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Phil Knox

The contagiousness of hope

If you have ever been at a sporting event at the beginning of a comeback, you will know the power of hope to transform a situation and spread rapidly through a group of people.

FEATURES 13 MARCH 2020 08:59 h GMT+1

There are some things that spread. That is the problem faced by our world in this moment as coronavirus infects people across the planet and causes thousands to become ill and tragically some to die.

The conversation in coffee shops, colleges, corner shops and the corridors of power is how to stop it spreading – because powerful things spread. And they do so most potently and quickly through networks of relational connection.

2014 saw an outbreak of the Ebola virus that tragically killed many people, especially in West Africa. The BBC reported the potential threat to the UK at the time and stated that “The Department of Health said a man had been tested for Ebola in Birmingham but tests for the virus had proved negative”. When a friend sent me the article, I immediately knew this, because the man in question was me.

I had been abroad and arrived home with the worst ‘man-flu’ I had ever experienced. Upon mentioning to the doctor that I had been with colleagues from Sierra Leone I was immediately quarantined, wearing a mask, with a biohazard symbol on my hospital door feeling like the star of an apocalyptic disaster movie. I was contained by people who know the power of contagiousness.

Viruses are contagious. They are spread through human contact, especially when you don’t wash your hands. Panic is contagious. Fear and hysteria can spread through a crowd at an alarming rate. But so is hope. If you have ever been at a sporting event at the beginning of a comeback or been in a crowd when good news bursts through, you will know the power of hope to transform a situation and spread rapidly through a group of people.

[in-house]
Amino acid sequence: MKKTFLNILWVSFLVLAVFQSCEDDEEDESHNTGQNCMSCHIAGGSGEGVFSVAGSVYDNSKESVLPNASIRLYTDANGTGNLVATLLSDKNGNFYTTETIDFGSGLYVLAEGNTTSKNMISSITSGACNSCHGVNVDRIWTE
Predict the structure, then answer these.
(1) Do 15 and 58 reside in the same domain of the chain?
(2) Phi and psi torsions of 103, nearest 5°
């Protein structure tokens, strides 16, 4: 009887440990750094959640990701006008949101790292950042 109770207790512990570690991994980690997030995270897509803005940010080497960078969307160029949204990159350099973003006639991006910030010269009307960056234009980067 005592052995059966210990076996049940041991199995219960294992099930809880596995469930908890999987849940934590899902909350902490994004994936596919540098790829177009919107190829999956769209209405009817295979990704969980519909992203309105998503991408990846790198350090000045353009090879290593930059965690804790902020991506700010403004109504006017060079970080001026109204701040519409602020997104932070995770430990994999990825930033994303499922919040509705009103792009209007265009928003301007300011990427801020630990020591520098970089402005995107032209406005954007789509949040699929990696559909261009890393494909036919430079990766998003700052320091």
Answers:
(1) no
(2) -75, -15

As Christians, we have in our heart and in our hands the most contagious message of hope the world has ever known. The good news of Jesus spreads quickest and most effectively from contagious Christians to the people they are closest to.

The times are concerning for the world amidst the uncertainty of all that the coronavirus is bringing. But the times are also extremely exciting for the gospel. The rapid spread of illness shows how connected we are as a society. We are perhaps better defined as ‘human relatings’ rather than human beings, such is our desire to be in relationship. We have more connections than ever before. And Talking Jesus research revealed in 2015 that the most significant person in influencing someone becoming a Christian is a friend or family member.

The good news of Jesus has spread relentlessly through relationship ever since the Mary returned from the tomb with the astonishing news that “He is risen”. This transformational message has reached billions over the centuries and it is spreading faster than any virus on planet earth today. No amount of handwashing, wearing of facemasks, governmental control or societal structure can stop it. The beautiful, hope-filled, game-changing message of Jesus lives on and in our times will grow faster than at any other time in history

The question is, how contagious are we? The phenomenon of virality reminds me that hope spreads fast through the most hopeful, connected people. In the spreading of the good news of Jesus, we all have a part to play. How contagious are you? How are you cultivating hope in your own heart so that others might see it and want to know more about its source? How intentional are you about your own connections in praying for your friends who don’t yet know Jesus?

Next week my first book, Story Bearer, is released. It is about stories and relationships. After you read it, my prayer is that you are more contagious as a bearer of the most powerful story in the universe and that you have greater confidence in living and sharing your own story about the greatest hope in the universe. I would love you to take a look and let me know what you think.

Let’s pray for the end of coronavirus and for those suffering with it. Let’s be a non-anxious presence and show the difference Jesus makes in the face of crisis to those around us (our guidance on how to respond to coronavirus can be found here). But let’s also be inspired by these events to be the most contagious we can be with the hope that brings life to the world.

Phil Knox, head of mission to young adults at the Evangelical Alliance United Kingdom (EAUK). This article was first published on the EAUK website.

PS. If you were interested, in 2014, after extensive tests, my diagnosis was just a really bad case of ‘man-flu’.




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Evangelical Alliance and World Evangelical Alliance.

Opinions expressed are those of their respective contributors and do not necessarily represent the views of Evangelical Focus.